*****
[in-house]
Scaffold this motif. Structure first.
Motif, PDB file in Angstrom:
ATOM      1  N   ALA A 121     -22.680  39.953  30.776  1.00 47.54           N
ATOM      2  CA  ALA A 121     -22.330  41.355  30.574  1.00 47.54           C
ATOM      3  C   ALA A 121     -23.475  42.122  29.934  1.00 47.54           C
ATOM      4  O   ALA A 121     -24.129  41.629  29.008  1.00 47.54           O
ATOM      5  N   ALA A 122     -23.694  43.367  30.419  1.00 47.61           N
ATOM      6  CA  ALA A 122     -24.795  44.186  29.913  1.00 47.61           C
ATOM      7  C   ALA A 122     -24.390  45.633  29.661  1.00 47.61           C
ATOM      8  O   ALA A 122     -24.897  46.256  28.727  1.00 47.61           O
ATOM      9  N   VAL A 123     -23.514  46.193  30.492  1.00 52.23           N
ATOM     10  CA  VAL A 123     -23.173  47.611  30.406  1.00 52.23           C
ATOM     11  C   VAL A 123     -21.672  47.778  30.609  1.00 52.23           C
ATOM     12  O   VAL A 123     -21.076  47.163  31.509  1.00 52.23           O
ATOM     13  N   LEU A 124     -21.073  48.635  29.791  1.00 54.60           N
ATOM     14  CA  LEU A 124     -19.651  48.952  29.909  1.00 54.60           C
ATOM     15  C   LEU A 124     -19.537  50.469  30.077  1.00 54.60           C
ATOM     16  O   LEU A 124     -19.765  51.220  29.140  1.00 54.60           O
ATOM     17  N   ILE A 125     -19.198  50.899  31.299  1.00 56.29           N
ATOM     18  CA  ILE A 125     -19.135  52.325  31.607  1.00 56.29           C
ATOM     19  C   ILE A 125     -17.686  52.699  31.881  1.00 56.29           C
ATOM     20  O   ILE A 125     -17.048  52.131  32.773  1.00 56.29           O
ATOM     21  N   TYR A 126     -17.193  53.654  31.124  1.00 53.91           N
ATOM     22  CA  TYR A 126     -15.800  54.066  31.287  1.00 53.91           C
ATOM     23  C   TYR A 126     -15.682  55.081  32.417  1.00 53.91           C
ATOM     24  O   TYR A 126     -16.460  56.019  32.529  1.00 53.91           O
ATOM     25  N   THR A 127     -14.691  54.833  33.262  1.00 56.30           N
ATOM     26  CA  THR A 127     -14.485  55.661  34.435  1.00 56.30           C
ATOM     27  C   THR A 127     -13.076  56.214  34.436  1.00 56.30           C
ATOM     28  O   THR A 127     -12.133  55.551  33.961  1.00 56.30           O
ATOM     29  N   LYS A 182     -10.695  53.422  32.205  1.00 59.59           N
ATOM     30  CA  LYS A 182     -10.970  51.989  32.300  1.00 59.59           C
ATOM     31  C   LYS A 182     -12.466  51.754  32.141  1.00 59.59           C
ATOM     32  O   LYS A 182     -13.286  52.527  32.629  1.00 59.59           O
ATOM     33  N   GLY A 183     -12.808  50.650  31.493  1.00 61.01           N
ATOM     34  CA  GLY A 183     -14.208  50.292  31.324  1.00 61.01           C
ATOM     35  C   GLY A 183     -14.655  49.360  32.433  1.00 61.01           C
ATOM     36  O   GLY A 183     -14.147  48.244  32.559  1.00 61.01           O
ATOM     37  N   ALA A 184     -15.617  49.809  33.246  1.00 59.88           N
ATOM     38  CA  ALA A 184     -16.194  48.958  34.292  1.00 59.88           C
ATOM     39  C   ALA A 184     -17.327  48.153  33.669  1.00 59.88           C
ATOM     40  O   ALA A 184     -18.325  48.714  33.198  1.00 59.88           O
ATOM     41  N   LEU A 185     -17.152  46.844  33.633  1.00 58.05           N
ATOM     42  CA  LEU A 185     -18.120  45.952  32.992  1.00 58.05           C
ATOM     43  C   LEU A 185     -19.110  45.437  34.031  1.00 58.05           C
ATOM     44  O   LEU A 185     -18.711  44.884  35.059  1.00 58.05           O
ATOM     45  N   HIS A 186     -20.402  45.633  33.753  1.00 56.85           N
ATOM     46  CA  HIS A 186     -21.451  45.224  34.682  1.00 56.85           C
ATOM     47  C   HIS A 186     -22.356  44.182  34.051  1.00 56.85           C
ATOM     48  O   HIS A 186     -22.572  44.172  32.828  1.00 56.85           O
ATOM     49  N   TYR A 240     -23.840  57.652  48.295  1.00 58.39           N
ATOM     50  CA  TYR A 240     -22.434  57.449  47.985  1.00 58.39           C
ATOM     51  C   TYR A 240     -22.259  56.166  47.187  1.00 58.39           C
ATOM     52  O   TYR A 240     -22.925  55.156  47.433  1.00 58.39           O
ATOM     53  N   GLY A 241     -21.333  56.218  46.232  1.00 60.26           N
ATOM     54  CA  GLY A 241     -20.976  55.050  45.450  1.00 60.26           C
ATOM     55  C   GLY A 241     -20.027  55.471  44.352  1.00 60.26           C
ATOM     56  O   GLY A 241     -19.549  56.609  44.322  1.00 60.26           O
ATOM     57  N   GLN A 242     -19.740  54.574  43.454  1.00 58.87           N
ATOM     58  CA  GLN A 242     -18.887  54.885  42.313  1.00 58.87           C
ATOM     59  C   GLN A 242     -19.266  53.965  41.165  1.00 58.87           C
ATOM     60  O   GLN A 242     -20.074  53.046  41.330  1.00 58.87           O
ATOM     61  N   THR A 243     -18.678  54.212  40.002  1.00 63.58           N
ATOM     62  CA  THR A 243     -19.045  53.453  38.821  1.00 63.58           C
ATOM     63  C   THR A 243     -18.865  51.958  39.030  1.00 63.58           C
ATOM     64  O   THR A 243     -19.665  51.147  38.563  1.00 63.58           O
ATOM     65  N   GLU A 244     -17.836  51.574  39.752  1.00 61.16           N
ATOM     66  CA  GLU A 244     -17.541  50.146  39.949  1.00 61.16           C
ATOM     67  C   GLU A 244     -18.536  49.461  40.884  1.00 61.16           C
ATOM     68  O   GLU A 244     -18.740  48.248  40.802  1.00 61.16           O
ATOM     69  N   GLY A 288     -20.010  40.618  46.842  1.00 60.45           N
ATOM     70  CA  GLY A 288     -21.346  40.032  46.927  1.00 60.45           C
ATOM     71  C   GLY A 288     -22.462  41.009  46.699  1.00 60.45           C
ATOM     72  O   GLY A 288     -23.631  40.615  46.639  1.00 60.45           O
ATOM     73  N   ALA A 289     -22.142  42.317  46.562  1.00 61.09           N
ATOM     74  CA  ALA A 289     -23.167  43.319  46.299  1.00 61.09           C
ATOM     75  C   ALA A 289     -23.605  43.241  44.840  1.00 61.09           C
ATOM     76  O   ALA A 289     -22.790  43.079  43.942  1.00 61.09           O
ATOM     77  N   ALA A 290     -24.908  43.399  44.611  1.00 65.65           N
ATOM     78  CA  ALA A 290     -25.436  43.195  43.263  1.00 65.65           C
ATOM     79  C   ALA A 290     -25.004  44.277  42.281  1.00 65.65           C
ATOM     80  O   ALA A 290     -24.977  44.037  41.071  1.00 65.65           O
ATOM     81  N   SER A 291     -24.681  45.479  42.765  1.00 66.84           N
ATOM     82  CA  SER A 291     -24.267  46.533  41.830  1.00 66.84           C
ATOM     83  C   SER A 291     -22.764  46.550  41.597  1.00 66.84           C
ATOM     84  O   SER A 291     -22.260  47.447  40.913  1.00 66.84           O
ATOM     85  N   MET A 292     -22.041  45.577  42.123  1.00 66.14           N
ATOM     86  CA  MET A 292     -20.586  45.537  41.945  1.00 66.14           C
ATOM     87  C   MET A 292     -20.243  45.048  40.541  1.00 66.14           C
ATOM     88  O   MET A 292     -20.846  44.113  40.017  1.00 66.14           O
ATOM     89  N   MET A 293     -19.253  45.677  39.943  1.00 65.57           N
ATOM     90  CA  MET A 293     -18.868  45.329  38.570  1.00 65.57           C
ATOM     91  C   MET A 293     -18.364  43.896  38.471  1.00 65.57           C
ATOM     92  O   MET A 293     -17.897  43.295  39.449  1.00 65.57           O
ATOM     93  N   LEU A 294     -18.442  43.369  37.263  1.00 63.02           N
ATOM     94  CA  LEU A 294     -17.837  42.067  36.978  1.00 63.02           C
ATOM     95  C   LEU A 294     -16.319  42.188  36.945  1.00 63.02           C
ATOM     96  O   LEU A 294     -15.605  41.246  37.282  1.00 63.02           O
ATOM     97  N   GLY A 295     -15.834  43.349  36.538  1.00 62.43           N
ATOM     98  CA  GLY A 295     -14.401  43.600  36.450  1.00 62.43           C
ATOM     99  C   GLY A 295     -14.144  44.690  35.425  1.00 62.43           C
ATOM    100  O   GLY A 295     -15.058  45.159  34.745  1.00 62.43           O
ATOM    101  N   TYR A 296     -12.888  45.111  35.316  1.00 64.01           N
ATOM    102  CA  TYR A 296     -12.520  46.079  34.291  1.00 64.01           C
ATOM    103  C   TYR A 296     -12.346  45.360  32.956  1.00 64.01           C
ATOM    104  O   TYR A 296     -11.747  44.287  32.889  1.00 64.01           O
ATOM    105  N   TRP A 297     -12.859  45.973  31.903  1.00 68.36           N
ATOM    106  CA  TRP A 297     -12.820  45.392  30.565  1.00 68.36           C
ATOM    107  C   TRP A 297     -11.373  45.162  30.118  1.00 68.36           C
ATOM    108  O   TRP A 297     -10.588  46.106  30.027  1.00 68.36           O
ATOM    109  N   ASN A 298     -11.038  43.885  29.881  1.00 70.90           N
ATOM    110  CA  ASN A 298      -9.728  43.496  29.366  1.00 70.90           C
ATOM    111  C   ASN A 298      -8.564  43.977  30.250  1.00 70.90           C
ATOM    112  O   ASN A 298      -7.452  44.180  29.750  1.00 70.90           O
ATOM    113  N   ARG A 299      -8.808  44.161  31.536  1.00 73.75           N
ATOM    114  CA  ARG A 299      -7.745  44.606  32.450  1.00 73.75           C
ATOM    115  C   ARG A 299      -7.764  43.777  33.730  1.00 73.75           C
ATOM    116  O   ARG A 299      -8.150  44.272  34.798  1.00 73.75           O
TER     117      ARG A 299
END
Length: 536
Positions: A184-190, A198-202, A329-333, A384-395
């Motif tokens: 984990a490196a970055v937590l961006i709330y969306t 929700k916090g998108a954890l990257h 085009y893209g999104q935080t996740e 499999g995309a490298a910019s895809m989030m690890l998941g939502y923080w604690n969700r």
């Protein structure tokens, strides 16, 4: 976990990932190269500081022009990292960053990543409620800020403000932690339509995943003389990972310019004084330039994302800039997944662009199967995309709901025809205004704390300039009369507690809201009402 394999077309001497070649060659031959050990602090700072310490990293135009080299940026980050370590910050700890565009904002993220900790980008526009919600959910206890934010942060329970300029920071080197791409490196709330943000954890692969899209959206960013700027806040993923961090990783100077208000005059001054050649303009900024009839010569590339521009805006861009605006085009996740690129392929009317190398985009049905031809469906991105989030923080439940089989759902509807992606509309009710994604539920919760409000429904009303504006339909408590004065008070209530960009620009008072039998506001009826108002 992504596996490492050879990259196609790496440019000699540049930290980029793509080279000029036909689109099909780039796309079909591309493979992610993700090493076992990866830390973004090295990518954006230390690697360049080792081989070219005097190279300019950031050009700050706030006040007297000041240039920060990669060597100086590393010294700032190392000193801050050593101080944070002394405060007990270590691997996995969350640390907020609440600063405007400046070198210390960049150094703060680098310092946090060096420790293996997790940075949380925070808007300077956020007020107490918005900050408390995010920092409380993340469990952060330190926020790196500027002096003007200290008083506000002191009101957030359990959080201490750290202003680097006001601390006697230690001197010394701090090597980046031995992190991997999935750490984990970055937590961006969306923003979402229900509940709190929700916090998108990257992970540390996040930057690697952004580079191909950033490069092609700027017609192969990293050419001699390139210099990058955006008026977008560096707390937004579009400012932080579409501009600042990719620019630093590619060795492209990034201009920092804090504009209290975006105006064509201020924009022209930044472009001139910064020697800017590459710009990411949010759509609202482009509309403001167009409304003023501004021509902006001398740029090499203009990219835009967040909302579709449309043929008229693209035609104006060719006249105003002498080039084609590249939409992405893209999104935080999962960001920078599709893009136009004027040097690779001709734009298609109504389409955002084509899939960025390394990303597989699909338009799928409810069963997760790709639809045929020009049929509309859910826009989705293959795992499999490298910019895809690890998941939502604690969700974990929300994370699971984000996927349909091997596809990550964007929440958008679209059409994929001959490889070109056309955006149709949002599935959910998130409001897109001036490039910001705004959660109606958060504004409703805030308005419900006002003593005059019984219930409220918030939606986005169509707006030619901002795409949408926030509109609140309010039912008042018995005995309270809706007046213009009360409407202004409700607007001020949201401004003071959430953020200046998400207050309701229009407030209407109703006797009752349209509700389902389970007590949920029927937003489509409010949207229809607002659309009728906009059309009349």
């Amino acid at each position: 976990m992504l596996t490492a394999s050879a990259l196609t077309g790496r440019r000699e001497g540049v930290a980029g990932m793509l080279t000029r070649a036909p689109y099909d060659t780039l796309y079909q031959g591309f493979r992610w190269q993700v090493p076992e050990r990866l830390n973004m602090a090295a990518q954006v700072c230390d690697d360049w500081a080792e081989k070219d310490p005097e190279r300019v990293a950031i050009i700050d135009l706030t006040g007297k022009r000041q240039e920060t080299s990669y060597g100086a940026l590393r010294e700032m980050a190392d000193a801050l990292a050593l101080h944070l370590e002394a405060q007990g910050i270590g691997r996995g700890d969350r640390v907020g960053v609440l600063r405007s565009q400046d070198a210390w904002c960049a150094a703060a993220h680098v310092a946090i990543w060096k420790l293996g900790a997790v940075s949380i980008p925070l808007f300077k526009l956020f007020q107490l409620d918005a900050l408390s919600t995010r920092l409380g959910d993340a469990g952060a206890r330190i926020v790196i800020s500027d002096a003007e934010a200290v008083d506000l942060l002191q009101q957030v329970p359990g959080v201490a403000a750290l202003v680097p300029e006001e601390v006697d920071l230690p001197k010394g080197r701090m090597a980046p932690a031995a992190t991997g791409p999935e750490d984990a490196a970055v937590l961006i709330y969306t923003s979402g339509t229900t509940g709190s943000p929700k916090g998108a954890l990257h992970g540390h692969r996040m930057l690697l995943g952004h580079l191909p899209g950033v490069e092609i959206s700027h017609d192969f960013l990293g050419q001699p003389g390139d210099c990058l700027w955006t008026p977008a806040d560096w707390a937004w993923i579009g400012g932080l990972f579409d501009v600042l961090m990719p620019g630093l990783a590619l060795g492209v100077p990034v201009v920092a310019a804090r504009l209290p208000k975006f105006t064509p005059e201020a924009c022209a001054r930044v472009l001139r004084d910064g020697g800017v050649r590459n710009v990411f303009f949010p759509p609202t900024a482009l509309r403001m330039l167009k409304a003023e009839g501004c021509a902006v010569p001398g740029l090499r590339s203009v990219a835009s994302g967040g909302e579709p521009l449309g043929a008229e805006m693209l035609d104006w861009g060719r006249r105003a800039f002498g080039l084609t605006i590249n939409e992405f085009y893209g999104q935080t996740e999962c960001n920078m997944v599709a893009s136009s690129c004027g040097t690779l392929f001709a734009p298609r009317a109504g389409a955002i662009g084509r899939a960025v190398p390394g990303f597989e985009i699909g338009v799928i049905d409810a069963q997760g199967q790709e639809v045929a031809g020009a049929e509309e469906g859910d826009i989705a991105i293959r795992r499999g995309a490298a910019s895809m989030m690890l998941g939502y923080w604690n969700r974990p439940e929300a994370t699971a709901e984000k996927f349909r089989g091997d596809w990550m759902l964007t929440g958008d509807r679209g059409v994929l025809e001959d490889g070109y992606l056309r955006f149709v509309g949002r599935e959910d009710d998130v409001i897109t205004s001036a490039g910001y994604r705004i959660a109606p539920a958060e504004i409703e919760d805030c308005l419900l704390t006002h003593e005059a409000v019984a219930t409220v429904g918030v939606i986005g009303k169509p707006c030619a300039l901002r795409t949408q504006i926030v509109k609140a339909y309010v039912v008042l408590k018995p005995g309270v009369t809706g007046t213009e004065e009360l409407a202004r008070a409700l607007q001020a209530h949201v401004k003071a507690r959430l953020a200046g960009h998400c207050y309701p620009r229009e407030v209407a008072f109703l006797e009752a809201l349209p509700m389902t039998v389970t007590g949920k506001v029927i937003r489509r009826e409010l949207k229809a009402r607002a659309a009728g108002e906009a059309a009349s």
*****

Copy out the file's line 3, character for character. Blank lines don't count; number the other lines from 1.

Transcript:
Motif, PDB file in Angstrom: